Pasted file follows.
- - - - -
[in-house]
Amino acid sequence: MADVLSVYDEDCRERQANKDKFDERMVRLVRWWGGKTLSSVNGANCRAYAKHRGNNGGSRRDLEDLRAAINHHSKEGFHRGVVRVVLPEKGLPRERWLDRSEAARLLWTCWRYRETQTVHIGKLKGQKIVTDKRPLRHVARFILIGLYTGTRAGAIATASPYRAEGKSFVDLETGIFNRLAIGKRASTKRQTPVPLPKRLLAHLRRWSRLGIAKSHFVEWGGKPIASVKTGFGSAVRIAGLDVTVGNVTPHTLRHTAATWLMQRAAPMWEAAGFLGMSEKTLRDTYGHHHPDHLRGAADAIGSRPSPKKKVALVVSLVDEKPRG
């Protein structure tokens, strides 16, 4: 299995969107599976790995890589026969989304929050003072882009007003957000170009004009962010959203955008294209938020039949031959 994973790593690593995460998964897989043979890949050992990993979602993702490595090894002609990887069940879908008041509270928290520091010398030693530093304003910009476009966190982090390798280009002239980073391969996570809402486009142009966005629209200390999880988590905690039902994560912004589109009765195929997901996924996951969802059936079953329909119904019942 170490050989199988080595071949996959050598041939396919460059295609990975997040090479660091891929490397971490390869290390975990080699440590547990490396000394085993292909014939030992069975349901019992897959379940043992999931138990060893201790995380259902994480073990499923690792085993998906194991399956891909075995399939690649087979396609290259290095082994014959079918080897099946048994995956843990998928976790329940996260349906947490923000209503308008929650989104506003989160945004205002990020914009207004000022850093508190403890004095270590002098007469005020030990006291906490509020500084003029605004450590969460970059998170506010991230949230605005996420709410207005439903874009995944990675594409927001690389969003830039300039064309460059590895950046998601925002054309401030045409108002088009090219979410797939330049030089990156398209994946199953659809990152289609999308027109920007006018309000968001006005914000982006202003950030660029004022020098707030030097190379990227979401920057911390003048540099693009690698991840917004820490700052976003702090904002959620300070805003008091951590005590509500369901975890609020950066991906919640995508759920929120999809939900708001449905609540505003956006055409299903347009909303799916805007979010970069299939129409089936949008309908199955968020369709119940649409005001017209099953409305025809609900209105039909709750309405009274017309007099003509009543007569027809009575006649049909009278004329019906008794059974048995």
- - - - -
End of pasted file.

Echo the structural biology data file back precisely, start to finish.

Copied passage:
[in-house]
Amino acid sequence: MADVLSVYDEDCRERQANKDKFDERMVRLVRWWGGKTLSSVNGANCRAYAKHRGNNGGSRRDLEDLRAAINHHSKEGFHRGVVRVVLPEKGLPRERWLDRSEAARLLWTCWRYRETQTVHIGKLKGQKIVTDKRPLRHVARFILIGLYTGTRAGAIATASPYRAEGKSFVDLETGIFNRLAIGKRASTKRQTPVPLPKRLLAHLRRWSRLGIAKSHFVEWGGKPIASVKTGFGSAVRIAGLDVTVGNVTPHTLRHTAATWLMQRAAPMWEAAGFLGMSEKTLRDTYGHHHPDHLRGAADAIGSRPSPKKKVALVVSLVDEKPRG
């Protein structure tokens, strides 16, 4: 299995969107599976790995890589026969989304929050003072882009007003957000170009004009962010959203955008294209938020039949031959 994973790593690593995460998964897989043979890949050992990993979602993702490595090894002609990887069940879908008041509270928290520091010398030693530093304003910009476009966190982090390798280009002239980073391969996570809402486009142009966005629209200390999880988590905690039902994560912004589109009765195929997901996924996951969802059936079953329909119904019942 170490050989199988080595071949996959050598041939396919460059295609990975997040090479660091891929490397971490390869290390975990080699440590547990490396000394085993292909014939030992069975349901019992897959379940043992999931138990060893201790995380259902994480073990499923690792085993998906194991399956891909075995399939690649087979396609290259290095082994014959079918080897099946048994995956843990998928976790329940996260349906947490923000209503308008929650989104506003989160945004205002990020914009207004000022850093508190403890004095270590002098007469005020030990006291906490509020500084003029605004450590969460970059998170506010991230949230605005996420709410207005439903874009995944990675594409927001690389969003830039300039064309460059590895950046998601925002054309401030045409108002088009090219979410797939330049030089990156398209994946199953659809990152289609999308027109920007006018309000968001006005914000982006202003950030660029004022020098707030030097190379990227979401920057911390003048540099693009690698991840917004820490700052976003702090904002959620300070805003008091951590005590509500369901975890609020950066991906919640995508759920929120999809939900708001449905609540505003956006055409299903347009909303799916805007979010970069299939129409089936949008309908199955968020369709119940649409005001017209099953409305025809609900209105039909709750309405009274017309007099003509009543007569027809009575006649049909009278004329019906008794059974048995």